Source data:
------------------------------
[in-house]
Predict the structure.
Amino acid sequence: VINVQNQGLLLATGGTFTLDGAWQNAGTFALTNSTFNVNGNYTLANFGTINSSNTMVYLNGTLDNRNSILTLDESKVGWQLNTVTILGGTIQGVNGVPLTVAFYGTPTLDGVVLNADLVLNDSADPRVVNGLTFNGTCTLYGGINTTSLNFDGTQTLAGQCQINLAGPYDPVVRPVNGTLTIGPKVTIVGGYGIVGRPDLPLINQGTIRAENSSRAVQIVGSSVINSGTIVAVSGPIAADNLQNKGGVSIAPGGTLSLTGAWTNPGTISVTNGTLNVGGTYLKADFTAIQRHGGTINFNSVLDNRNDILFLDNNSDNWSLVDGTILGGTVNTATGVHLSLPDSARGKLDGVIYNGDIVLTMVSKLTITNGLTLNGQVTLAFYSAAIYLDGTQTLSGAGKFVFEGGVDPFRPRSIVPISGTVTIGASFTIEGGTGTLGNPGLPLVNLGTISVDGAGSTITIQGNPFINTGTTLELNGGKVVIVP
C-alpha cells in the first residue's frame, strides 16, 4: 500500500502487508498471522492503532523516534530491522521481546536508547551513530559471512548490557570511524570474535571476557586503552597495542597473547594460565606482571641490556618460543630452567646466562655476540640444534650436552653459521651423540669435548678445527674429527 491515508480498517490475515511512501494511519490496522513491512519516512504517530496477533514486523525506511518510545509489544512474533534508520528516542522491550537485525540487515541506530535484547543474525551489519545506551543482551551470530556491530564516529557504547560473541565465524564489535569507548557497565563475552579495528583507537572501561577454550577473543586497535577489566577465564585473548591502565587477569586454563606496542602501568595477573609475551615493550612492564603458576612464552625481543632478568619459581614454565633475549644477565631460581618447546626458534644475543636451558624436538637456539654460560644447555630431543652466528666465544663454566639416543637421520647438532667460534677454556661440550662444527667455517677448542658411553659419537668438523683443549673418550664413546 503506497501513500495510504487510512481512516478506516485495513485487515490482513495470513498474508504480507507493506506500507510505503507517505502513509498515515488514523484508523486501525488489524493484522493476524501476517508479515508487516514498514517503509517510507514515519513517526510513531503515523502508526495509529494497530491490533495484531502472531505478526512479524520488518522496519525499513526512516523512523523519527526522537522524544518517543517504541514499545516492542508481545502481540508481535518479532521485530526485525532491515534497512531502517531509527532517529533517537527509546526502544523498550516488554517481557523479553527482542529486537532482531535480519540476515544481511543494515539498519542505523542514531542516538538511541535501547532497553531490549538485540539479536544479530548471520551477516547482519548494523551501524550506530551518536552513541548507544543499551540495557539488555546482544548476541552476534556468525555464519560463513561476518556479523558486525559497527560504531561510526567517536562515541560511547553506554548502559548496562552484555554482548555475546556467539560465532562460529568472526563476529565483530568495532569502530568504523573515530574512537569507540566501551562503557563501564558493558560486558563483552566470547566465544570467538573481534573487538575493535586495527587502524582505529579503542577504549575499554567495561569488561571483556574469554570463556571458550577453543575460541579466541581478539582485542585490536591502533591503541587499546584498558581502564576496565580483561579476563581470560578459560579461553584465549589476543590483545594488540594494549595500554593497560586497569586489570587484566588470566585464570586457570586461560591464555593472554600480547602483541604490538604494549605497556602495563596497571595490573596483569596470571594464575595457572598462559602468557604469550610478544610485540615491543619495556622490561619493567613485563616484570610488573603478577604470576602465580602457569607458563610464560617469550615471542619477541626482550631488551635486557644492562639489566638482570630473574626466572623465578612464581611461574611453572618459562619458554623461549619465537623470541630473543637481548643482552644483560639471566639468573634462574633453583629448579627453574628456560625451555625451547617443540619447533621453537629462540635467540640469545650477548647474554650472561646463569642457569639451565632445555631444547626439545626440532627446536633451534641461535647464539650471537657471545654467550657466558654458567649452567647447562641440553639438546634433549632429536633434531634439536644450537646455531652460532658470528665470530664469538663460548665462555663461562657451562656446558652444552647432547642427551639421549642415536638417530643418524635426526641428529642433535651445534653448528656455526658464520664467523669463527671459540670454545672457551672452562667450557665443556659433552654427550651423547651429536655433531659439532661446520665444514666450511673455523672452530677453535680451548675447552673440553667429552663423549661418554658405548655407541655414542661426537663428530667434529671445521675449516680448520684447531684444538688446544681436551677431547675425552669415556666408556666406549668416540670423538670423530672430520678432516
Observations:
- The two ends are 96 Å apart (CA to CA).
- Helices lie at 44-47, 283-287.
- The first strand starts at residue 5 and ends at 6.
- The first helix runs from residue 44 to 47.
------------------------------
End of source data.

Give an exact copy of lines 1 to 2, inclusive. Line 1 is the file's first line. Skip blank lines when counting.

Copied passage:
[in-house]
Predict the structure.